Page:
Cain: Author says South Suburban Airport will never fly
By Cindy Wojdyla Cain On Businessemail@example.com September 22, 2013 1:05PM
Updated: October 23, 2013 6:42AM
I almost fell out of my chair on Wednesday at the Global Logistics Summit in Bolingbrook when Greg Lindsay, the final keynote speaker, bashed the proposed South Suburban Airport as being a white elephant in waiting.
Lindsay, author of “Aerotropolis: The Way We’ll Live Next,” said the airport goes against the grain of what he’s seeing in the world with large mega airports getting bigger and bigger and attracting more and more business. He cited Dubai International Airport and Hartfield-Jackson Atlanta International Airport as examples.
That pattern is the opposite of the so-called “reliever” airports built in some U.S. cities that seem to be languishing, he said.
The state of Illinois has spent $40 million so far acquiring land for the SSA, which would be built in eastern Will County near Peotone. The project has been kicked around for decades but recently picked up steam when the Legislature said the airport could be built with a public-private partnership and it gave control of the project to the Illinois Department of Transportation.
While many eastern Will County residents oppose the airport, a lot of state and local officials are in favor of it, including members of the Will County Center for Economic Development, which sponsored the Global Logistics Summit. That’s why I was shocked that Lindsay was a featured speaker.
While Lindsay stressed that he is not an aviation expert, he has an impressive resume. He’s a senior fellow of the World Policy Institute, a visiting scholar at New York University’s Rudin Center for Transportation Policy and Management and a research affiliate of the New England Complex Systems Institute. He also is known for beating IBM super computer Watson in “Jeopardy” matches.
Lindsay, who lives in Brooklyn, N.Y., has one more qualification: He lived in Manteno until he was 12 and was seven miles from the airport site before his family moved to Bourbonnais.
“I can’t believe it’s still going,” he said of the project when he was in Bolingbrook on Wednesday. “I’m shocked.”
While proponents think the SSA will be a magnet for jobs and growth, Lindsay is skeptical that any major airlines would locate there.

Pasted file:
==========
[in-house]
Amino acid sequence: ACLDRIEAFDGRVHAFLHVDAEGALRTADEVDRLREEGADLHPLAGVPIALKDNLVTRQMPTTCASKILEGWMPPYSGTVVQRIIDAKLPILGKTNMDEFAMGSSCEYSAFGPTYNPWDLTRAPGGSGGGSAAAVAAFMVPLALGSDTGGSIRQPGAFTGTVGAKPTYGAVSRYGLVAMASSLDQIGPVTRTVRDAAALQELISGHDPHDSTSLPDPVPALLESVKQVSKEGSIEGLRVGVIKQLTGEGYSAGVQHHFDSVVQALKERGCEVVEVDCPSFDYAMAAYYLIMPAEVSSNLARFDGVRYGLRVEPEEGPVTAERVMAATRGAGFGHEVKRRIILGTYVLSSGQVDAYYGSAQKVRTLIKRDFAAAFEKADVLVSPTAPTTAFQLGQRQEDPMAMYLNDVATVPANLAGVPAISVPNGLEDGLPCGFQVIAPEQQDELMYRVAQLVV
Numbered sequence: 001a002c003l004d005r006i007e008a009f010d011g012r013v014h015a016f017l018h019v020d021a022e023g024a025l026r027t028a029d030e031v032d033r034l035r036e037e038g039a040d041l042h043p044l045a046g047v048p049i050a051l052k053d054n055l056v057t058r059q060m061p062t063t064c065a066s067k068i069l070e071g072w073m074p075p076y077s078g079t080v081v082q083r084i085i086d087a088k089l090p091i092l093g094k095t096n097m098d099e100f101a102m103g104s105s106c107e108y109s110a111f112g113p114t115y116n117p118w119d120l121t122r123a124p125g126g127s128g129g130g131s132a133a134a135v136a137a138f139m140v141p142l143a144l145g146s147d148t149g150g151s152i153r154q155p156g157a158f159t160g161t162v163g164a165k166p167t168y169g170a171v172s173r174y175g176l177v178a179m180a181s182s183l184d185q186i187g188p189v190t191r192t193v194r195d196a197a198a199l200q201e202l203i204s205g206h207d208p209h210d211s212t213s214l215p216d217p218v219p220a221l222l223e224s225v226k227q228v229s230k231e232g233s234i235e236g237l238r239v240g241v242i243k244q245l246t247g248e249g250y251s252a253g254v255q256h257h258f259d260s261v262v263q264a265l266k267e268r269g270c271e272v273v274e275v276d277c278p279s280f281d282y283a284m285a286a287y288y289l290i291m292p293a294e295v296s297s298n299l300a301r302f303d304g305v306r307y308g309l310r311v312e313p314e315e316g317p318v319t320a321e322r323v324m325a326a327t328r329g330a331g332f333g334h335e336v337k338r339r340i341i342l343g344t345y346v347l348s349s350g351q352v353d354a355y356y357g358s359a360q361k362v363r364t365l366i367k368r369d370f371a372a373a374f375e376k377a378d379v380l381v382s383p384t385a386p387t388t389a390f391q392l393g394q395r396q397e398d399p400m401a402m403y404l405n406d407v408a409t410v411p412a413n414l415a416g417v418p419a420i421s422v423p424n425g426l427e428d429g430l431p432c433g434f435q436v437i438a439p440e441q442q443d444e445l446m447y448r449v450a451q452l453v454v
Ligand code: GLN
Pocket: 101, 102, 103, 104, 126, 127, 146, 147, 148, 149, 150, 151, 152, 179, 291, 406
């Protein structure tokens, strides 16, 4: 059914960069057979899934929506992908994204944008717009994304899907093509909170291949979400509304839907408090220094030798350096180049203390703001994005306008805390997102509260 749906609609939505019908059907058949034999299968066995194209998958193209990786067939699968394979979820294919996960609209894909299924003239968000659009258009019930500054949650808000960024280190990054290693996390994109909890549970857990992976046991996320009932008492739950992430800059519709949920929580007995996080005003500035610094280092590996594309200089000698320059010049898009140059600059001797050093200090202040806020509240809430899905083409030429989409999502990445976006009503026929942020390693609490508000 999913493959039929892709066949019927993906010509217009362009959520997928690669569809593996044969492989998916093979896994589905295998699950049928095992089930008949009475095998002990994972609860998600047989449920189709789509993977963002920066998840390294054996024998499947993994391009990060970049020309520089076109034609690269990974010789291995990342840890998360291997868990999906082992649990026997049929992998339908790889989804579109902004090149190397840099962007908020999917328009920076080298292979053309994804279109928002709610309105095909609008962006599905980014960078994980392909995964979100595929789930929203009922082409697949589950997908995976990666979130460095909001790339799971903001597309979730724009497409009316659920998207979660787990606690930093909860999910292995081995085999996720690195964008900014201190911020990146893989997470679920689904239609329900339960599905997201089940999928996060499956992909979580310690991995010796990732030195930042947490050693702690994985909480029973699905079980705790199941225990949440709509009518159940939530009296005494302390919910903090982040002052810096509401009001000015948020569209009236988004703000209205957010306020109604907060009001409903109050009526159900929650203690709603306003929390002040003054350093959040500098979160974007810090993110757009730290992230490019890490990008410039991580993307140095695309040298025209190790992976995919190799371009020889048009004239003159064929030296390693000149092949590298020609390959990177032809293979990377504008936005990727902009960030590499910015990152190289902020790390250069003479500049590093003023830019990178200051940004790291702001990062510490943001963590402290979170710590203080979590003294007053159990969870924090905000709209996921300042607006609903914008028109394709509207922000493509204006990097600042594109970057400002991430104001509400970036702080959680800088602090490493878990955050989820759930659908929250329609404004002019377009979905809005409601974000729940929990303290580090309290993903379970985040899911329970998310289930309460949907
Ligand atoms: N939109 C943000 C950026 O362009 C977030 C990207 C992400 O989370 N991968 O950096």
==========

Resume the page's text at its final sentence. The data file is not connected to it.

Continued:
“No one has a real plan on who would serve that airport,” he said. “The big three carriers have not expressed any interest.”
An airport alone will not guarantee economic spin-off, he said.
“If you just build an airport there, it can just sit there empty, which is what MidAmerica (in southern Illinois near St. Louis) is doing. ... I will happily go on the record saying I do not believe the South Suburban Airport would be an economic engine for the region. No one has shown me a path for that,” he said.
He also questioned the estimate of 14,000 permanent jobs espoused by Illinois Transportation Secretary Ann Schneider at the same global logistics conference.
“I would love to see where that number comes from,” he said. “I could see the construction jobs, that one is obvious. But this permanent job base around the airport? I absolutely have no idea how they come up with this.”
Instead, Lindsay said Chicago should continue with its O’Hare International Airport modernization project.
“O’Hare, despite its congestion problems, has that critical mass of infrastructure around it,” he said.
I had one final question for Lindsay before I left the conference. I asked him if John Greuling, president and CEO of the CED, knew that his keynote speech would be anti-SSA.
“He was open to that,” Lindsay said of Greuling.
Airport proponents and opponents alike have said the SSA’s new public-private financing model should help keep white elephants out of Will County because a private developer would have to research the project’s viability or risk losing millions of dollars.
Lindsay agreed private scrutiny of the project should help prevent an airport flop.
“Now they’re going to have a cold, hard bath of market reality,” he said.
Greuling was not flustered by Lindsay’s comments, and I give him credit for opening up Will County to a little outside review of the project. But Lindsay didn’t change Greuling’s mind.
“We’re not shooting for an aerotropolis,” Greuling said. “We’re shooting for an airport that will serve very local needs. ... I think the continued population growth and the underserved aviation demand down here and the FAA forecasts, whether (Lindsay) likes them or not, show we have over 2.5 million people who will be flying more and more within a 35- to 40-minute drive of our footprint.”
But Greuling said he also agrees that the key to the project going forward will be finding airlines to use it.
“We’re not doing a MidAmerica here,” he said. “If we don’t find an airline that commits for a substantial amount of use, the airport will not get done.”